Eli Lilly and the Indiana Bioscience Research Institute (IBRI) have partnered with Indiana University (IU) School of Medicine to create the Lilly Diabetes Center of Excellence (LDCE), with the goal of establishing a nexus of basic diabetes research operations in Indianapolis.

The LDCE is also designed to bridge academia and industry by providing opportunities for interaction, training, and mentoring by Lilly and the partner institutions (PIs).

The LDCE plans to recruit high-potential and established principal investigators to pursue research in diabetes, diabetic complications, and related metabolic disorders, Lilly said. The PIs will receive five-year sponsored appointments at the IBRI, to be subsidized by Lilly, as well as faculty appointments at IU School of Medicine.

Lilly said it will provide opportunities for close collaborations, including access to drug discovery tools and expertise, to allow faculty to rapidly explore the translational potential of their research.

The Center of Excellence is designed to build on Lilly’s history and heritage of diabetes treatment, which was established in the 1920s with its introduction to the market of the insulin extract Iletin, and extended in the 1980s with the development of Humulin.

“Building on Lilly's nearly 100 years of heritage of diabetes research, we seek to spearhead innovative research right here at home in Indiana,” Ruth Gimeno, Ph.D., vp of diabetes and complications at Lilly, said in a statement. “Lilly is excited to join forces with the IBRI and IU School of Medicine on this important initiative to advance diabetes research for the millions who are suffering from this chronic disease.”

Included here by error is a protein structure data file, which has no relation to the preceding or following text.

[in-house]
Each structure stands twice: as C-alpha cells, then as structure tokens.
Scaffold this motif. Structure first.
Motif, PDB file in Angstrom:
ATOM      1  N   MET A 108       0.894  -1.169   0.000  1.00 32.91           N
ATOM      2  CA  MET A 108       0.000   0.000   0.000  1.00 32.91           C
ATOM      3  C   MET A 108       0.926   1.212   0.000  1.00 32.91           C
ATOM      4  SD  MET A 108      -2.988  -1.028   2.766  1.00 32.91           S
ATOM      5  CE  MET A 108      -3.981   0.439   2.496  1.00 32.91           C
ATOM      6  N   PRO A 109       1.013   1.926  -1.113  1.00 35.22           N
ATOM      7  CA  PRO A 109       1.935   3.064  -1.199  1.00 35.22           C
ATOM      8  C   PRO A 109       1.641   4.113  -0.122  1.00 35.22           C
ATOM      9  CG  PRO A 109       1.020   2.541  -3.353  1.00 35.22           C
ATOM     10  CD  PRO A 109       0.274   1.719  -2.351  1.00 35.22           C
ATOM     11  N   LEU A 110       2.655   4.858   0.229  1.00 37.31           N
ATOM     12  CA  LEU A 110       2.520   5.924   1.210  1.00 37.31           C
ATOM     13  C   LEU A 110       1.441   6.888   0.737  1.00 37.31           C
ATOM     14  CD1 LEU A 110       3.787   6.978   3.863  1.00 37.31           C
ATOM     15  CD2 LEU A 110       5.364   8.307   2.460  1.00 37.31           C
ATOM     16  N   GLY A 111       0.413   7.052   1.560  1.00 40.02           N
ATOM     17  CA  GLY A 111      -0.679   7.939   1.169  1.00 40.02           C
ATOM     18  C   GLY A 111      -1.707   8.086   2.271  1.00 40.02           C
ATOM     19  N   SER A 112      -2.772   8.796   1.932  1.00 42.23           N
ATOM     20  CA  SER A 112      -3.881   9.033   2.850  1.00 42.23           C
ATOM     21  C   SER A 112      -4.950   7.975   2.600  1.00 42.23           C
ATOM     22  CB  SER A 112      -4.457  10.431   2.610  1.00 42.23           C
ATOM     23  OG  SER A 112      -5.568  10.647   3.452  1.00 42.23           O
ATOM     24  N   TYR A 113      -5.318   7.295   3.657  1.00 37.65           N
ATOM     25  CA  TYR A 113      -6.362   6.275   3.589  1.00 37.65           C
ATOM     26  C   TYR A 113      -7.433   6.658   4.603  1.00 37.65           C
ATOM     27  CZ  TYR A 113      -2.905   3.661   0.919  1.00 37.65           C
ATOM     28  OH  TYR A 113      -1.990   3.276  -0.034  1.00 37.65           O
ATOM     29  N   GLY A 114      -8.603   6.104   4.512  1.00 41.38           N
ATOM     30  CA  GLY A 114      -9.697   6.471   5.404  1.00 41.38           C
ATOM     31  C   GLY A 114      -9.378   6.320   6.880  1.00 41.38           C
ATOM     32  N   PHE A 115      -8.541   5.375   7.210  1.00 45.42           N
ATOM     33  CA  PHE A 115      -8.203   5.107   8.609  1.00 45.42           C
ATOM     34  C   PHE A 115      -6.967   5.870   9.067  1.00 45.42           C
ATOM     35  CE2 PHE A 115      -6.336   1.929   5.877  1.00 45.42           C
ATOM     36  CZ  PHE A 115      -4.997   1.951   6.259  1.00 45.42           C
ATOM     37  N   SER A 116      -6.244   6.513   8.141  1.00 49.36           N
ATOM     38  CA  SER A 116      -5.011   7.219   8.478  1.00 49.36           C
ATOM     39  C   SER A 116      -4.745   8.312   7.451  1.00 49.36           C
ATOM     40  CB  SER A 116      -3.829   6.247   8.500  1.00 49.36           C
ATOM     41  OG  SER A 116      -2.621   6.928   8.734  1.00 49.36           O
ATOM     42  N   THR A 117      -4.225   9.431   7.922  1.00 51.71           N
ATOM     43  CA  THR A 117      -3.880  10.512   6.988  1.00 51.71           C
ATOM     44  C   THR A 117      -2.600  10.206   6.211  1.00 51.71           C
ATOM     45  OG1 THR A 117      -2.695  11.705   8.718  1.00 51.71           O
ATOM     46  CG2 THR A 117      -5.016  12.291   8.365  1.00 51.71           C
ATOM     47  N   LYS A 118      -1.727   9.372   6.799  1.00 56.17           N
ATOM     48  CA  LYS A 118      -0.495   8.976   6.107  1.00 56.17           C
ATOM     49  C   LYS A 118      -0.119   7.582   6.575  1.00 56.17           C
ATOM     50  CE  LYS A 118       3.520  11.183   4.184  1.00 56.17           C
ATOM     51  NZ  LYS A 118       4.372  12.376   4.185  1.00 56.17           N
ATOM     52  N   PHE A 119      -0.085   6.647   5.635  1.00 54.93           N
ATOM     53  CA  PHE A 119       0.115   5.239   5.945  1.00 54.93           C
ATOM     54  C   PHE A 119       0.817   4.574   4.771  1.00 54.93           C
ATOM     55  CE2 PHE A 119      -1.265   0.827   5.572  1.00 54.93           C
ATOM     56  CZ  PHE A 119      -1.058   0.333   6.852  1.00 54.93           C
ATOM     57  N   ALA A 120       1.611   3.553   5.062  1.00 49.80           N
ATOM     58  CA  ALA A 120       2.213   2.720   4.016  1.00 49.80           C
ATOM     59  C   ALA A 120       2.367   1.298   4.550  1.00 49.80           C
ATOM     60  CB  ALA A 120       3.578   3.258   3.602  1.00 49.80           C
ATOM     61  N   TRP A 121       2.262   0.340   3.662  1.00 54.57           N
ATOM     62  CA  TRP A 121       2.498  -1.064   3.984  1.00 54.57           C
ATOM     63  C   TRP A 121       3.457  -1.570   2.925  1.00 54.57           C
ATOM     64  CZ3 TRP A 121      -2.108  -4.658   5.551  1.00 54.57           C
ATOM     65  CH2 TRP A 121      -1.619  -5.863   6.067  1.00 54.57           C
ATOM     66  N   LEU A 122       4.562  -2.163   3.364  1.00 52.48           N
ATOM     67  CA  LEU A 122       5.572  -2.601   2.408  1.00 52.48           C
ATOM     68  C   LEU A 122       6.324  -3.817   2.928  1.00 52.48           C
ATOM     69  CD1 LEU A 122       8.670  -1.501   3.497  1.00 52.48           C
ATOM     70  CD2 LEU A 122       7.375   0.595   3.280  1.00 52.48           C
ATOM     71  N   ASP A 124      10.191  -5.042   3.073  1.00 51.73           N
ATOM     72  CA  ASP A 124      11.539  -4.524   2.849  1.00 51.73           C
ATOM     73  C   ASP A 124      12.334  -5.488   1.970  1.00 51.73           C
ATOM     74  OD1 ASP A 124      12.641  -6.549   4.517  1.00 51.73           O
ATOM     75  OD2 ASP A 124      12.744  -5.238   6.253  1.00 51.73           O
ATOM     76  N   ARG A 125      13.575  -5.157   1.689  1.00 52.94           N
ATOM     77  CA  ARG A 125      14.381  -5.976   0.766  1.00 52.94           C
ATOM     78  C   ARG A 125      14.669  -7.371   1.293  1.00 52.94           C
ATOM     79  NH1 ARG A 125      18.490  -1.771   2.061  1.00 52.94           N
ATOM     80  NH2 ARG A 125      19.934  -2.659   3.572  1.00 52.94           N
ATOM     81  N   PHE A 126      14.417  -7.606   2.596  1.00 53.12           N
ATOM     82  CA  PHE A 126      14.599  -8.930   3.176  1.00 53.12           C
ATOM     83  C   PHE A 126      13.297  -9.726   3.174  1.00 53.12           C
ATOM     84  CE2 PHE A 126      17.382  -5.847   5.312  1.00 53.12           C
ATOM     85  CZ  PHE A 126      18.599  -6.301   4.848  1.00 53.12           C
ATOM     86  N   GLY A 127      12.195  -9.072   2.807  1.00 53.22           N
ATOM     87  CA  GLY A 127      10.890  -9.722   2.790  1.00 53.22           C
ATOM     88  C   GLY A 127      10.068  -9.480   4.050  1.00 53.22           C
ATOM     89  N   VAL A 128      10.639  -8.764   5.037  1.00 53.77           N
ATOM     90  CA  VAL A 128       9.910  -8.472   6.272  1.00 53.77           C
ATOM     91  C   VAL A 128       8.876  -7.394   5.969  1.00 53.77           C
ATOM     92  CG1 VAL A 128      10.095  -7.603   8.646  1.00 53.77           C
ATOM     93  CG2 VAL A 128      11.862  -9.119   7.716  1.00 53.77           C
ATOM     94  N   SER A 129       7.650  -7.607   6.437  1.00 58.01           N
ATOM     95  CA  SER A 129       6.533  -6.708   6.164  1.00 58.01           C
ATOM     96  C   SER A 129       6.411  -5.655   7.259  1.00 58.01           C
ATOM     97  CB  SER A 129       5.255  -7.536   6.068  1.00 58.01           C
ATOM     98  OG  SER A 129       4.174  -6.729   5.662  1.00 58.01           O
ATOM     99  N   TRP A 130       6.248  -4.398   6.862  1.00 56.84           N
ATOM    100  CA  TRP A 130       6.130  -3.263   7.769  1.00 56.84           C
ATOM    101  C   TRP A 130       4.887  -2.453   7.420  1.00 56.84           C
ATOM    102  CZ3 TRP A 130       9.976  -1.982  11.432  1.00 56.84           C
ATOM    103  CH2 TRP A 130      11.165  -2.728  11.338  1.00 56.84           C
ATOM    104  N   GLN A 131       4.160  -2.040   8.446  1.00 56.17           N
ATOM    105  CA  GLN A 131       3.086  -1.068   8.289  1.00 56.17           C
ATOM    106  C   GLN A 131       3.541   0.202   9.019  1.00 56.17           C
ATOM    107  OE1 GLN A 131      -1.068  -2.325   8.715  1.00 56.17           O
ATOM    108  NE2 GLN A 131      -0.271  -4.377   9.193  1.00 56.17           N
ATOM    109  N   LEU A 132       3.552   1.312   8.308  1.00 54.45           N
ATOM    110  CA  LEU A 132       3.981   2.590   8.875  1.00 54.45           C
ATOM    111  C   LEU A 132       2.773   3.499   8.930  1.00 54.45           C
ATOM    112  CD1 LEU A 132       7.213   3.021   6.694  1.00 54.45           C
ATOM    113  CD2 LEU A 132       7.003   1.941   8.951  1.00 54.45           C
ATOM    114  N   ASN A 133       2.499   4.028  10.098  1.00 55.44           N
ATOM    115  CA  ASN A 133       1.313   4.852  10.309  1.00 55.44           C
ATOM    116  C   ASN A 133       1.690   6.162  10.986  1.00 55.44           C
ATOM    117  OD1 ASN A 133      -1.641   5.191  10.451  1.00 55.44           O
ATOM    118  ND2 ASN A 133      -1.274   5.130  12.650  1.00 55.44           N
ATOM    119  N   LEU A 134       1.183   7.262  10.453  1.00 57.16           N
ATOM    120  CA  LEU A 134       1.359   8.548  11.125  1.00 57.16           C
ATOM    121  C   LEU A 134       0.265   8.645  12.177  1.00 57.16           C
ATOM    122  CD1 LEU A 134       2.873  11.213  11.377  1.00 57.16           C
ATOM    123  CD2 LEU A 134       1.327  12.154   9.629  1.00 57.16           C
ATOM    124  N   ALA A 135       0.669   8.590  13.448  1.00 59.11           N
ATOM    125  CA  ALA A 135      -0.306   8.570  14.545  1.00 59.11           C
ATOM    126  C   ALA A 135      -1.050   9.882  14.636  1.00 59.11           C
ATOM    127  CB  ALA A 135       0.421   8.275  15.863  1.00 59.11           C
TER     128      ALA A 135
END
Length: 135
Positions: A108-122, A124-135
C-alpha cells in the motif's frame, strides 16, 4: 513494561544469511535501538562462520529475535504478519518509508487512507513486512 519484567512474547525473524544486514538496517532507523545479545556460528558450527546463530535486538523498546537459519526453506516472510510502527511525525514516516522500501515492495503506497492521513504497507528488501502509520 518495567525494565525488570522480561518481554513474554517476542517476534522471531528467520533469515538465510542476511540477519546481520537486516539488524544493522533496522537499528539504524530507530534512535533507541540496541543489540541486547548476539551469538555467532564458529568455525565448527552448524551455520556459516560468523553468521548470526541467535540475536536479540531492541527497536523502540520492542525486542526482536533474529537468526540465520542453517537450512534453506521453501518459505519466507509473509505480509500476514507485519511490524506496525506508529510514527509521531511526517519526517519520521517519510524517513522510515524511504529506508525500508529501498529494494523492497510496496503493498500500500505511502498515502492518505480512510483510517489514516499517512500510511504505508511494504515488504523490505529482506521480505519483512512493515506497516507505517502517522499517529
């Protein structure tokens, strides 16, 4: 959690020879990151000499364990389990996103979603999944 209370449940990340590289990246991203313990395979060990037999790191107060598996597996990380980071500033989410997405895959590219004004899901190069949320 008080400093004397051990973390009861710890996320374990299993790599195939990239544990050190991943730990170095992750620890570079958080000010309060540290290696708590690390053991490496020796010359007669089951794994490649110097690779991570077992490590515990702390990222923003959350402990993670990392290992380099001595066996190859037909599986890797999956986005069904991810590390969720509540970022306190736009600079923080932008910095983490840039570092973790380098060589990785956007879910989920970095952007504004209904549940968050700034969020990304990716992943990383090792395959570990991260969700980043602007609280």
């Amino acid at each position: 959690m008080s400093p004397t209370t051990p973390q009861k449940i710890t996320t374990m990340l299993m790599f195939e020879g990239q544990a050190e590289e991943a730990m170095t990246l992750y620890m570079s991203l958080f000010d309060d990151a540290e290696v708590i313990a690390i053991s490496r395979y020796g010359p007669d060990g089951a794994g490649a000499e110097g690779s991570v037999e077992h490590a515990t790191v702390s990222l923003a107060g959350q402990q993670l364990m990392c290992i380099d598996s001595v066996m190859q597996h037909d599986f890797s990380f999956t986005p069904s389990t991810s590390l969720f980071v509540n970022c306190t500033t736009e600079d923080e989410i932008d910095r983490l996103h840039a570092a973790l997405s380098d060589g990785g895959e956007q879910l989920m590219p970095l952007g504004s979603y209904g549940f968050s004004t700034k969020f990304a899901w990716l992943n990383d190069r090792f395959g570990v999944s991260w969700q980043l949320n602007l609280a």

IBRI's Regenerative Medicine and Metabolic Biology group, which focuses extensively on diabetes research in beta cell regeneration, will become part of the new center, stated Robert Considine, Ph.D., professor of medicine at IU School of Medicine and director of the IBRI's Diabetes Center.

Dr. Considine will also continue to serve as associate director of the NIH-funded diabetes center at IU School of Medicine, where he has been part of the faculty since 1997.

“This new center aligns the extensive diabetes research already underway at Lilly, IU School of Medicine and at the IBRI to find new collaborative ways to slow, if not eventually cure diabetes,” added Rainer Fischer, Ph.D., CEO and chief scientific and innovation officer of the IBRI.

Previous articleSupernus to Acquire Biscayne Neurotherapeutics, Adding Epilepsy Candidate
Next articleAltered Levels of Neonatal Inflammatory Markers Associated with Childhood Leukemia